Return to ERHA homepage
 Pacific Electric logoPacific Electric
Mount Lowe Line

Pacific Electric 1918 brochure

"Looking southward to the sunlands, on the ocean's ebb and flow,
Keeping watch o'er Echo Mountain, dwells the spirit of Mt. Lowe;
In the glowing light of noonday, in the midnight calm and lone,
Gazing outward from the summit like a ruler from his throne."
—From "Dawn on Mt. Lowe" by James G. Clark

Once world famous, now forgotten—such is the story of the well-nigh incredible mountain railway which at the height of its popularity was Southern California's outstanding tourist magnet, attracting more visitors then Yosemite or Catalina. It offered one of the world's most spectacular rail trips with disaster seeming ready to strike at every turn of the car wheels, yet so expertly engineered that in all the years it operated not one accident occurred. It was the realized dream of Prof. T. S. C. Lowe.

From Los Angeles to Pasadena, Mt. Lowe Line cars followed the Oak Knoll Line to Fair Oaks & Colorado Street, then turned north on Fair Oaks to Mariposa, to Lake, to private way, to Rubio Canyon (MP 18.88). Here passengers transferred to the incline railway which took them up to Echo Mountain (MP 19.38). Another transfer, this time to an open car, saw them continue via Cape of God Hope (MP 20.25), -Dawn (MP 20.61), Circular Bridge (MP 21.15), Granite Gate (MP 22.00) to the terminus at Alpine Tavern (MP 22.95). The return tip was the reverse of this routing as far as Colorado & Fair Oaks, Pasadena; from here Mt. Lowe cars followed the route of the Pasadena Short Line to LA, making their inbound mileage slightly less-"-2"1.15. On January 1, 1932, Mt. Lowe cars were rerouted outbound to the Pasadena Short Line.

In 1891 Lowe built a 3'6" gauge trolley line from the altadena station of the LA Terminal Railway to Rubio Canyon, where he proposed to locate the transfer point between the streetcars and the incline cars. In the winter of 1891 his forces began the tedious work of constructing the incline railway up the steep mountainside to the summit of Echo Mountain, 1300 feet above. After working steadily for 18 months, Lowe opened the incline railway on July 4, 1893. Atop Echo Mountain he graded (at a cost of $30,000) a site for a large hotel which was built in 1894: the Echo Mountain House—forty rooms, three stories with large corner dome, of pine semi-rustic construction. At the Rubio canyon transfer Lowe built a smaller hotel and pavilion. Lowe's forces immediately pushed onward toward Mt. Lowe building a 3'6" gauge electric railway destined to run 3.6 miles onward from Echo Mountain; at its upper terminus he built the $700,000 Alpine Tavern and opened it in 1896 His money almost gone, Lowe could not afford to lay rails up to the summit, 2.5 miles further. This work was done by Lowe under the corporate name of "The Pasadena & Mt. Wilson Railway", although the road was popularly known as simply "The Mt. Lowe Railway". Power was generated first by gasoline engine-operated generators, next by generators operated by water power, and finally by 200 hp gas engines coupled to generators; gas was piped up to Echo Mountan via a pipe line from Lowe's gas works in Pasadena.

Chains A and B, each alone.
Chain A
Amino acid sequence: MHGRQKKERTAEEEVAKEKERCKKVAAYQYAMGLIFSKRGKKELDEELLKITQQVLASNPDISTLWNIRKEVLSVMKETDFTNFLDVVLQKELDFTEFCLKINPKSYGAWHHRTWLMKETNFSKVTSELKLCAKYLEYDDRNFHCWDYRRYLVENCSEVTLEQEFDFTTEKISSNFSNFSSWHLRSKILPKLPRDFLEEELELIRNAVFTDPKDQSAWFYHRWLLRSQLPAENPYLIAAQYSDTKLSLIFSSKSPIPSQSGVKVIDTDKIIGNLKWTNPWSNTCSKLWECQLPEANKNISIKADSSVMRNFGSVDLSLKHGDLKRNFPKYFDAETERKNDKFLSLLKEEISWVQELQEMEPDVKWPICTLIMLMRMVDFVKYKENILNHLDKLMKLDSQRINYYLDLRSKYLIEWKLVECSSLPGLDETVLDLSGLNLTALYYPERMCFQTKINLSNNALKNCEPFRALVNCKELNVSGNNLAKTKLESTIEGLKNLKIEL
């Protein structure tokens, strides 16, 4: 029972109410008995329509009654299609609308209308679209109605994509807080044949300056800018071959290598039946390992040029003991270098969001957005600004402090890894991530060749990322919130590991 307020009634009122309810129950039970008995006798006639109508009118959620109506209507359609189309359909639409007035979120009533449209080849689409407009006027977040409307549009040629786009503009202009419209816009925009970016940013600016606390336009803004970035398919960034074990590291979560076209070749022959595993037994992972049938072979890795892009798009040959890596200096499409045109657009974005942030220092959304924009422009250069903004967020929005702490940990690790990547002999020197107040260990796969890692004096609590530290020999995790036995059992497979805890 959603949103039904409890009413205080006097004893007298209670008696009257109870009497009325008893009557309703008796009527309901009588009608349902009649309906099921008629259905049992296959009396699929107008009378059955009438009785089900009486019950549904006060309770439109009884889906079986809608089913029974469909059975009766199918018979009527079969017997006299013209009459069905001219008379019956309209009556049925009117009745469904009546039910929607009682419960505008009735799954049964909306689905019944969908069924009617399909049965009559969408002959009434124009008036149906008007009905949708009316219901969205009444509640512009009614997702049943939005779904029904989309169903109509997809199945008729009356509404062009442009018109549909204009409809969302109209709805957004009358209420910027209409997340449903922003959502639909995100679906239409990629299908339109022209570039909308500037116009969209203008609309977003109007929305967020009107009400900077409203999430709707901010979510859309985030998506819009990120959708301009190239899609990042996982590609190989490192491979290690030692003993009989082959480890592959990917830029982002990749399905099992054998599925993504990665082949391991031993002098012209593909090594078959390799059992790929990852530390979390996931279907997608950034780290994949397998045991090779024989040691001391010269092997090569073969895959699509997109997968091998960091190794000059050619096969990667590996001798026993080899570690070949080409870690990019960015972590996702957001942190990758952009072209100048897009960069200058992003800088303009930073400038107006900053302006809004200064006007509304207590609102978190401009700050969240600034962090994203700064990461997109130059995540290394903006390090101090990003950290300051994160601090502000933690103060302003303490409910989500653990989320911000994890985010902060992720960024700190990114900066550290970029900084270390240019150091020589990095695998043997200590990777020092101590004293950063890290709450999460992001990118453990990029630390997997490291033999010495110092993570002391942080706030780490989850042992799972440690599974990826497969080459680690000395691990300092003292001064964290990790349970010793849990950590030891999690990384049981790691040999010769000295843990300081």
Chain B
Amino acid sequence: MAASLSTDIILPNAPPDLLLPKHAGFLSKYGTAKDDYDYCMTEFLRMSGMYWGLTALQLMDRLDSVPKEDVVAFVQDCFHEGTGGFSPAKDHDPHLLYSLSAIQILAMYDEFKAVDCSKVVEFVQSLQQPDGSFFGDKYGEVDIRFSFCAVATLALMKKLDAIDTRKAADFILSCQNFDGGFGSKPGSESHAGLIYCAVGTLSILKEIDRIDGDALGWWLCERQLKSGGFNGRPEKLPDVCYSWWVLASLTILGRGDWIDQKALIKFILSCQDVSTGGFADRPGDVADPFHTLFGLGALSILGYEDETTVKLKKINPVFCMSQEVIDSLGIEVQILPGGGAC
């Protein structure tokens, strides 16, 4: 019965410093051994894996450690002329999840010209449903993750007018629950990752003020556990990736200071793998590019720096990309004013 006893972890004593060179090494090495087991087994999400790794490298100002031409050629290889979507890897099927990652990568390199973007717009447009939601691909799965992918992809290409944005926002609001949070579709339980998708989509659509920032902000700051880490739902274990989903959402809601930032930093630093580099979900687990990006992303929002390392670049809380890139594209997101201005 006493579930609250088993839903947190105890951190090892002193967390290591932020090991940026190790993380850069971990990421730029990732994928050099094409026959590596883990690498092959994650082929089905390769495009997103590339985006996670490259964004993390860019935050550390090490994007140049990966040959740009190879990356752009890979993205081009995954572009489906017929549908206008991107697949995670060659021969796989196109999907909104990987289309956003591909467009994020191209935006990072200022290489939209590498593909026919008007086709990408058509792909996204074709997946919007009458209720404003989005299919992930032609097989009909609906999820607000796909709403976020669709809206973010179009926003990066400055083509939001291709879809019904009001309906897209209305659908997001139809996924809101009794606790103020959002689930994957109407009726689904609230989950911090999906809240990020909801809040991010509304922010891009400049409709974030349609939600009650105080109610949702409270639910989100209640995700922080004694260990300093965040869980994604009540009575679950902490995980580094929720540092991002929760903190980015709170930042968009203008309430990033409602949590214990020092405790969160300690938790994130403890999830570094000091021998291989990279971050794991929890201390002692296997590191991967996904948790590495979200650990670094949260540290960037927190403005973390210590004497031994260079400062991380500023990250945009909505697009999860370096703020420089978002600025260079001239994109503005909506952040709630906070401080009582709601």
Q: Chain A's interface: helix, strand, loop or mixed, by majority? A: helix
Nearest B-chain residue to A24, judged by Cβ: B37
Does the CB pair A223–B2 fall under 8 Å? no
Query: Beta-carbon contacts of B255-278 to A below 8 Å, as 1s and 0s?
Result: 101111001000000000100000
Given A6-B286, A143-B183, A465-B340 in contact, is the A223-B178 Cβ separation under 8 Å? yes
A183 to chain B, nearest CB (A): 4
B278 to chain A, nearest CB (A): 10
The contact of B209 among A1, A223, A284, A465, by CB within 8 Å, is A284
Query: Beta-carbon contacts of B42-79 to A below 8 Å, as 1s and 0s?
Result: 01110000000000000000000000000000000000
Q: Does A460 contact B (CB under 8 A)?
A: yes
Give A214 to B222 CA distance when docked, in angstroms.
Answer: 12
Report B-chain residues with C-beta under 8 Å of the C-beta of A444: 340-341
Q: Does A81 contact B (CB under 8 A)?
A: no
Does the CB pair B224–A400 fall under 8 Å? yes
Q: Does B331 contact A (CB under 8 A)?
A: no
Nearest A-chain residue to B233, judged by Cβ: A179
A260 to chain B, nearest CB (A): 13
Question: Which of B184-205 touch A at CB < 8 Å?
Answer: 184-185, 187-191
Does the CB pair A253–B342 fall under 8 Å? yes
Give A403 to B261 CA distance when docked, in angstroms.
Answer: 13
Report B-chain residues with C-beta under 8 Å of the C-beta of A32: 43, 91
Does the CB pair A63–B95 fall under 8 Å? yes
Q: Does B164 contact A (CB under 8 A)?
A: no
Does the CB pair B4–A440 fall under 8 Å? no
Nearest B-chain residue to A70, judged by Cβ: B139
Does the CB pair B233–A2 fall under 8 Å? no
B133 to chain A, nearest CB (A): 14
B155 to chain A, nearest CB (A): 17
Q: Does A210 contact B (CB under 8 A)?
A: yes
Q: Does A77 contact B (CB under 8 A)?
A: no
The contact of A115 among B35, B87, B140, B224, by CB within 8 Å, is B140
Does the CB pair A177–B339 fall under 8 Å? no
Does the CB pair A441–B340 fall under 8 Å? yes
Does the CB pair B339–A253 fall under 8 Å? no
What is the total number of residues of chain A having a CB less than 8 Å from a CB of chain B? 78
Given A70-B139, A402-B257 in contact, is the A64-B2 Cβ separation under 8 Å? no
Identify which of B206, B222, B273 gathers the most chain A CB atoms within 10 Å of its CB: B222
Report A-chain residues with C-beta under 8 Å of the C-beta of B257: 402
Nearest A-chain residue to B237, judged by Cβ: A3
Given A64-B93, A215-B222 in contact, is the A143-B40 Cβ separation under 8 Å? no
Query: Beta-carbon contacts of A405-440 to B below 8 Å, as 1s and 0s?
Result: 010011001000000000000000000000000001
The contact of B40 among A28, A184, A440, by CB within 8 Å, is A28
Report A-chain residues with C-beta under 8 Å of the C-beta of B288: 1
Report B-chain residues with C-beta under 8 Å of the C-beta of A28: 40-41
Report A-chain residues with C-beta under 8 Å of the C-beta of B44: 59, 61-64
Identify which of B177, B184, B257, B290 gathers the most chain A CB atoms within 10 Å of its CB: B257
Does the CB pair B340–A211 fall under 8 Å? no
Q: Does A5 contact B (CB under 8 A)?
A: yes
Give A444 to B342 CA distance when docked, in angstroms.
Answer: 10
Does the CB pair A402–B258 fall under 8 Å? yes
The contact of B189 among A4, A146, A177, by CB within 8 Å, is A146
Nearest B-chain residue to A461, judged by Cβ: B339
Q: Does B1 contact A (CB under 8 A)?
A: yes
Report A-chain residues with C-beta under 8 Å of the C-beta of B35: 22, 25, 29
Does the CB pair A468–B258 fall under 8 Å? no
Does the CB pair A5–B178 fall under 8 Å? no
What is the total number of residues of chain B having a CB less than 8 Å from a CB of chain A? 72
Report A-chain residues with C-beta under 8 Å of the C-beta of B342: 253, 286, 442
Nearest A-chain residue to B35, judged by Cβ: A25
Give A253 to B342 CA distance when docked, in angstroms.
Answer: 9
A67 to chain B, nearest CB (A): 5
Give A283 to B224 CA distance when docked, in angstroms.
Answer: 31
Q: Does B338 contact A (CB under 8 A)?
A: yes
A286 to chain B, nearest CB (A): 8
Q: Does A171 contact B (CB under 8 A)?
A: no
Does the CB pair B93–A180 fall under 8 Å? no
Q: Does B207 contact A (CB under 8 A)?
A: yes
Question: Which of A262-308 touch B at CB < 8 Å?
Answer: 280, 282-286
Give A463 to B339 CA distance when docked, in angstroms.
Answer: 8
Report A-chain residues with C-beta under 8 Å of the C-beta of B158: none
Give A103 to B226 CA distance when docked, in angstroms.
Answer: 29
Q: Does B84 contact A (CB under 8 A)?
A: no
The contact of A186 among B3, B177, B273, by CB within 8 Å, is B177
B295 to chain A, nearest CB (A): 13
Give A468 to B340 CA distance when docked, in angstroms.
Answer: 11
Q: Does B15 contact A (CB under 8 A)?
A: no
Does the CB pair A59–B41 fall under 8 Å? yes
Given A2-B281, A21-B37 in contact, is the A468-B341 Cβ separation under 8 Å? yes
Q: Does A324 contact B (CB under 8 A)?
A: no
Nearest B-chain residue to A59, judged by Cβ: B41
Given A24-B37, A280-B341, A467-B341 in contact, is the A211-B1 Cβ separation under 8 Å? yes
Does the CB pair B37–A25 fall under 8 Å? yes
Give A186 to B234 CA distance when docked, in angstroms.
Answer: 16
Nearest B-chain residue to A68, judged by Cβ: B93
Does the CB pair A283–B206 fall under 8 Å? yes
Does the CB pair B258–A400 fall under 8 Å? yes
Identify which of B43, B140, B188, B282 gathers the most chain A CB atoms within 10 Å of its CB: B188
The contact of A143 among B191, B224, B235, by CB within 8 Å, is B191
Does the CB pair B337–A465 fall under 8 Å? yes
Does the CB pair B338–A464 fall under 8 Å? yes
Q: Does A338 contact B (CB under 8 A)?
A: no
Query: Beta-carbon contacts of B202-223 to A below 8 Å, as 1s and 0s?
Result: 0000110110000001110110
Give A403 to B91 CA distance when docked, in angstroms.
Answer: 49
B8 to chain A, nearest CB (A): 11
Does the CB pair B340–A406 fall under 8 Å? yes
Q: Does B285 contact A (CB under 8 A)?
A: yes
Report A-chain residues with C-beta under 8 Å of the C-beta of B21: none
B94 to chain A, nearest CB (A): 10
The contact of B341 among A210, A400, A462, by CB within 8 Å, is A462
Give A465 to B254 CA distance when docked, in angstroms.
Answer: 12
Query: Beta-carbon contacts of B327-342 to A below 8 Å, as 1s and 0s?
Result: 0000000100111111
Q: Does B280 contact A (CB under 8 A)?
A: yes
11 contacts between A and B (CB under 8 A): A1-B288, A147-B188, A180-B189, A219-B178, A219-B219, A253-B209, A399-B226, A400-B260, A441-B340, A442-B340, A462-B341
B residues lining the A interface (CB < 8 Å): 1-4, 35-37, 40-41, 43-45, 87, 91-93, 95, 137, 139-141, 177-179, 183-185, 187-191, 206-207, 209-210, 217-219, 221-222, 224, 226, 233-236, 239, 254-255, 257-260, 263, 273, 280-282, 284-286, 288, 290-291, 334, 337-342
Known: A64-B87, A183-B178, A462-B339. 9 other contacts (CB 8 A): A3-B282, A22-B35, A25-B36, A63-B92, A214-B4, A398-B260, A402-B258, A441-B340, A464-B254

Lowe lost control of his mountain railway project in 1896 when the vital franchise to build a connecting electric railway from Altadena to Pasadena went to the Pasadena & Los Angeles Electric Railway interests instead of to him. The mountain railway's fate was tied in with that of the P&LA thereafter, and became a PE property in 1902.

Under PE ownership, the Mt. Lowe was greatly improved: the electric railway from Pasadena to Rubio Canyon was standardized, the Altadena substation took over the power supply, the Alpine Tavern was enlarged, and the single-truck mountain railway cars were replaced by double-truck cars built especially for the service by PE, having flanges twice as deep as customary. As the years went by tragedy struck again and again. A great fire in 1900 consumed Echo Mountain House. In 1905 another conflagration destroyed the cable power house and part of the incline railway; the line was closed from December 19 to January 3, 1906, and never again did Echo Mountain enjoy its former status as a popular vacation spot. A huge landslide engulfed the Rubio Hotel in 1907 and it was not rebuilt. Fires repeatedly destroyed the trestles and roadbed, and windstorms tore down trolley poles, toppled trees and the tracks, and even demolished the famous observatory Lowe had on Echo Mountain. In spite of difficulties such as these, the railway operated with out an accident. The final blow came on September 15, 1936, when the Alpine Tavern burned to the ground, destroying one of California's most famous landmarks. The railway itself was largely destroyed by a cloudburst in March, 1938; the swirling torrent raged through the ruins of the tavern and swept down the canyon to carry away two of the major bridges and wash out the roadbed. A month later PE formally abandoned the Mt. Lowe Line. Rails and cars were dismantled and sold for scrap, and today only ruins mark the route of the one-time "Railway to the Clouds".

I - Los Angeles to Rubio Canyon:
   From 1891 to 1896 Lowe's single-truck open cars ran from Altadena to Rubio; these seated 35 and climbed the 7% climbed the grade without difficulty. When the Pasadena & Los Angeles took over the line in 1896 it operated cars through from Rubio to Pasadena, but aside from special movements, no attempt appears to have been made to give LA passengers through service until 1903, when PE completed standardizing the line. PE re-laid Altadena-Rubio with 60-lb. rail, straightened the line in numerous places and double-tracked it as far as Perco, the mouth of the canyon. At this time PE assigned beefed-up California cars to the LA-Rubio run. California cars continued in this service until June 19, 1925, when suburban cars 456-465 were assigned; these continued until the end. Best year: 1921, when 160,930 passengers were carried. Mt. Lowe cars operated from Pasadena to Altadena via N. Fair Oaks, Mariposa, and Lake—although it was possible for access to be gained to the Rubio line via Lake from Colorado. PE for many years operated the Mt. Lowe Line as a separate division; this Alpine Division, as it was called, had its headquarters at Alpine Tavern, and its superintendent was also the manager of the Tavern. During most of the years it operated, the Mt. Lowe Line ran five trains daily from LA. 8:00, 9:00 and 10:00 AM with two in the afternoon: 1:30 and 4:00 PM with extra service Sundays and holidays as required. On the return trip, trains left Mr. Lowe at 8:50 and 10:00 AM; 2:00 and 4:30 PM, with one additional car from Rubio Canyon at 11:30 AM. The entire trip from 6th & Main to Alpine Tavern took one hour and 57 minutes for the 24.01 miles. This was divided up as follows: LA-Pasadena (54 minutes), Pasadena-Rubio (5.88 miles, 25 minutes), Rubio-Echo Mountain (0.53 miles, 10 minutes), while Echo-Alpine was covered in 30 minutes for the 3.57 miles. In the early days a substation atop Echo Mountain furnished power, but PE built the Altadena substation in 1905 and thereafter it supplied all power for the mountain railway.